Wearable multi-channel microelectrode membranes for elucidating electrophysiological phenotypes of injured myocardium†
Understanding the regenerative capacity of small vertebrate models has provided new insights into the plasticity of injured myocardium. Here, we demonstrate the application of flexible microelectrode arrays (MEAs) in elucidating electrophysiological phenotypes of zebrafish and neonatal mouse models of heart regeneration. The 4-electrode MEA membranes were designed to detect electrical signals in the aquatic environment. They were micro-fabricated to adhere to the non-planar body surface of zebrafish and neonatal mice. The acquired signals were processed to display an electrocardiogram (ECG) with high signal-to-noise-ratios, and were validated via the use of conventional micro-needle electrodes. The 4-channel MEA provided signal stability and spatial resolution, revealing the site-specific electrical injury currents such as ST-depression in response to ventricular cryo-injury. Thus, our polymer-based and wearable MEA membranes provided electrophysiological insights into long-term conduction phenotypes for small vertebral models of heart injury and regeneration with a translational implication for monitoring cardiac patients.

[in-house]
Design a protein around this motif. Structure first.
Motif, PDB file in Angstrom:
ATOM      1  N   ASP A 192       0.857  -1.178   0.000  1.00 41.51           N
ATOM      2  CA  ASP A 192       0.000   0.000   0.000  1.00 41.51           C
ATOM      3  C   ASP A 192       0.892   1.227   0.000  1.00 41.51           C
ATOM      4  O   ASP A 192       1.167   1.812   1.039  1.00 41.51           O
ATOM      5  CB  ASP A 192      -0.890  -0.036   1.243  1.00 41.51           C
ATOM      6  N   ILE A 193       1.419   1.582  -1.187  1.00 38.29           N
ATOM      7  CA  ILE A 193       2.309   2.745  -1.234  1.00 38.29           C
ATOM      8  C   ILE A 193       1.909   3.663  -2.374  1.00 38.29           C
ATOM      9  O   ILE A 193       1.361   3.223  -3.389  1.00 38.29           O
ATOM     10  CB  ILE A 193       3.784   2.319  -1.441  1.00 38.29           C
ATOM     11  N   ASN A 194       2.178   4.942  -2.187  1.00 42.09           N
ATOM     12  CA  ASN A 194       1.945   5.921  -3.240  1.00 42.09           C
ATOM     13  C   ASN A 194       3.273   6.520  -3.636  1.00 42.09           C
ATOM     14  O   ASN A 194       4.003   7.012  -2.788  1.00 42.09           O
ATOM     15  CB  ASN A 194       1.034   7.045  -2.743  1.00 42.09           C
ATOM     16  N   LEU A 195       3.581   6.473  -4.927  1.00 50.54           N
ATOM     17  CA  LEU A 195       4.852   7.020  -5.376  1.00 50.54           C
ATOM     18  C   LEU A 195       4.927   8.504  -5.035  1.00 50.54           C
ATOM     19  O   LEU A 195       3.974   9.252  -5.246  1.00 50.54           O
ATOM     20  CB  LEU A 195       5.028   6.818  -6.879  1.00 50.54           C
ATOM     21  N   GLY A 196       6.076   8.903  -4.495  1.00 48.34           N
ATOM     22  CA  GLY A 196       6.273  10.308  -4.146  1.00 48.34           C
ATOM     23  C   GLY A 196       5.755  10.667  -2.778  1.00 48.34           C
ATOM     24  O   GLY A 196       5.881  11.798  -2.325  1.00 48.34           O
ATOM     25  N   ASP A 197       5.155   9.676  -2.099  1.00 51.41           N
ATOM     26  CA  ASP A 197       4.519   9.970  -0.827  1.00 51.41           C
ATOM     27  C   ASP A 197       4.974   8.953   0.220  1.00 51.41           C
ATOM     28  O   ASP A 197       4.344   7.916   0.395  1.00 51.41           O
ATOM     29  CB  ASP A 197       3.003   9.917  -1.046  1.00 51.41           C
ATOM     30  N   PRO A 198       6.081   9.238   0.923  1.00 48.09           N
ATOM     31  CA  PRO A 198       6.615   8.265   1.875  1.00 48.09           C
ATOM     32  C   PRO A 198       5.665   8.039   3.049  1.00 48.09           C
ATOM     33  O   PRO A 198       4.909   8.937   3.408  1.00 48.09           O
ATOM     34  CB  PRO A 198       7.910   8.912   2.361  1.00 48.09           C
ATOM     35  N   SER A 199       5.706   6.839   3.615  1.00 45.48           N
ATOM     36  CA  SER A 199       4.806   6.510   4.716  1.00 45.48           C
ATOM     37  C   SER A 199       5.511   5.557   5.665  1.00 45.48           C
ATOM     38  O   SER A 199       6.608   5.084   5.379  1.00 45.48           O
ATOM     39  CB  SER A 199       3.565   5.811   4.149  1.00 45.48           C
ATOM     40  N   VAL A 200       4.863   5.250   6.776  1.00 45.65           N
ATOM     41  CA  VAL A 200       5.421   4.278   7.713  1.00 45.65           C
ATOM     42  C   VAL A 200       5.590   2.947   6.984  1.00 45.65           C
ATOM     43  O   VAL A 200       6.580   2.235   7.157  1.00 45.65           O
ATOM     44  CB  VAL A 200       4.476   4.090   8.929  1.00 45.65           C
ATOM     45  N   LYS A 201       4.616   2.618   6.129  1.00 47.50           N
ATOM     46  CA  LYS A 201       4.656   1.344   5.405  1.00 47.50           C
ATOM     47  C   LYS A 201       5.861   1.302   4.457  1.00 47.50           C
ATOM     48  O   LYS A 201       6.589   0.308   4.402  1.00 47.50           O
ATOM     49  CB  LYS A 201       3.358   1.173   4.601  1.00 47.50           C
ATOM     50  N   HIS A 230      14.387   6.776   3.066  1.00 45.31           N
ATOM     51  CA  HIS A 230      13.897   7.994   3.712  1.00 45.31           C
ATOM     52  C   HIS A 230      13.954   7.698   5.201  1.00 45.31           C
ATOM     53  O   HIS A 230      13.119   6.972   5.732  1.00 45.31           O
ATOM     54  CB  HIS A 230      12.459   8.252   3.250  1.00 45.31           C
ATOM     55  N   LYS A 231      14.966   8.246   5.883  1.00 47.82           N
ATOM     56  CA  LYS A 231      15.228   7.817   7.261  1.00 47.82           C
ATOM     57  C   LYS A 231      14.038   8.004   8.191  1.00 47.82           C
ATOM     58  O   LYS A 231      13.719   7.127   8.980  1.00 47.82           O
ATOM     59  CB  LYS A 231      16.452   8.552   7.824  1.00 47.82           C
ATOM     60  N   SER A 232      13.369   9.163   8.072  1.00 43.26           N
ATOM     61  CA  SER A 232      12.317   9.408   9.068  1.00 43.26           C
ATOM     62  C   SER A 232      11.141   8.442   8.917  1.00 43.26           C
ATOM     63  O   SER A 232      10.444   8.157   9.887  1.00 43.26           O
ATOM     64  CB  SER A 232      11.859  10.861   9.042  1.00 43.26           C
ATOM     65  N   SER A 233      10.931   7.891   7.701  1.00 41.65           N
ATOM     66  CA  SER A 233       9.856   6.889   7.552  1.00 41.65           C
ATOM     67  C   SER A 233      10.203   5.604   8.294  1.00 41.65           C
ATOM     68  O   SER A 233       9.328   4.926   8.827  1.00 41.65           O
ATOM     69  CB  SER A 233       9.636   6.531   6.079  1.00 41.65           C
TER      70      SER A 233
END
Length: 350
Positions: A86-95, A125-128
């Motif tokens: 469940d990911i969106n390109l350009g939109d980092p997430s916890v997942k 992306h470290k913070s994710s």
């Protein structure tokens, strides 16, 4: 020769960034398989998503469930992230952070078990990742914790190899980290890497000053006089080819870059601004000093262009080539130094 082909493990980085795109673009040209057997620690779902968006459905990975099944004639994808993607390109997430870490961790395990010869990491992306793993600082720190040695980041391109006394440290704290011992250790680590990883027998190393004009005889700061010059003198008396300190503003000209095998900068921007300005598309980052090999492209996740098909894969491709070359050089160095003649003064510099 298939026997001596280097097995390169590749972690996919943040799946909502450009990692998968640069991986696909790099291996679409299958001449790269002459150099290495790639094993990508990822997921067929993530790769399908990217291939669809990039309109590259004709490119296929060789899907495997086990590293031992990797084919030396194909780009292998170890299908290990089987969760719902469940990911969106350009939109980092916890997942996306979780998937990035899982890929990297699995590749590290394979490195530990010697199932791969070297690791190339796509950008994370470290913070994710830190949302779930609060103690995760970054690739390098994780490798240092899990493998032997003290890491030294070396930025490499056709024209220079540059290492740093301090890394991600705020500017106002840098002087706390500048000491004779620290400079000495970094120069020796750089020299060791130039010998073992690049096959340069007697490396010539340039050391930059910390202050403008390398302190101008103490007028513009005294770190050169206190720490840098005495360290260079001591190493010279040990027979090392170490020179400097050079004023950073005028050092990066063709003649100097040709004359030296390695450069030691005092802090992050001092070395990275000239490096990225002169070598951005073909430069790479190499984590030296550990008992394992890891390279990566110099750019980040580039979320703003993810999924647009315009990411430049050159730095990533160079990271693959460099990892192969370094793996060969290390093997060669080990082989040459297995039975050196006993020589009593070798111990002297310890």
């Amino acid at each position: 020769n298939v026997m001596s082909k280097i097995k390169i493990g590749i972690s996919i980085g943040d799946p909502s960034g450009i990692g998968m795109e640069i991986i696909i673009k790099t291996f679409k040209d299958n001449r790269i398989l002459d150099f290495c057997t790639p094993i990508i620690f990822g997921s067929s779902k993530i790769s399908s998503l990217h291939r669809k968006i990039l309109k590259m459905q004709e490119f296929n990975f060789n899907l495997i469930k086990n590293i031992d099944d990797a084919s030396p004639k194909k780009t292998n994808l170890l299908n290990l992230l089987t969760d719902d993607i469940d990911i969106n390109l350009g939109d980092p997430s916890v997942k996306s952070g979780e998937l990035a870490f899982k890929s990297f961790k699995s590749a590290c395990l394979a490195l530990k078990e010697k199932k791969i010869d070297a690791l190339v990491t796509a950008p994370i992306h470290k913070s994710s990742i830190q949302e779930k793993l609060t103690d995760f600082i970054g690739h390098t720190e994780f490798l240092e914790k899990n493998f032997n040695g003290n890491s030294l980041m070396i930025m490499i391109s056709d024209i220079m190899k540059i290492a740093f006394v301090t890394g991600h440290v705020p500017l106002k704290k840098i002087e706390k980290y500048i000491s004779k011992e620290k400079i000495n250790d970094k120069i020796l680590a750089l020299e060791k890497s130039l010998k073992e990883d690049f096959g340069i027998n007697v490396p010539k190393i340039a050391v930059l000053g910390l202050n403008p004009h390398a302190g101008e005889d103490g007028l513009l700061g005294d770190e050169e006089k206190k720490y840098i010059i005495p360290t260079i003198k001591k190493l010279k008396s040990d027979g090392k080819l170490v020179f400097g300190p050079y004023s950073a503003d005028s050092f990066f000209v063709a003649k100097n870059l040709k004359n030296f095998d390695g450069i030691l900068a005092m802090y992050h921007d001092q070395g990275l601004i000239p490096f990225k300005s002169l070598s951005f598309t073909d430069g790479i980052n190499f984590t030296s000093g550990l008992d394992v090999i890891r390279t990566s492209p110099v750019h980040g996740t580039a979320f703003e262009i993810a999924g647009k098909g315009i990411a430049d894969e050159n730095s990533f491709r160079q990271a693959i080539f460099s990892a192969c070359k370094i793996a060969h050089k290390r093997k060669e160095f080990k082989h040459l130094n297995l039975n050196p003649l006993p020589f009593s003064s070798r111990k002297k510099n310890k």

- This article is part of the themed collection: Microtechnologies in Medicine and Biology (MMB 2013)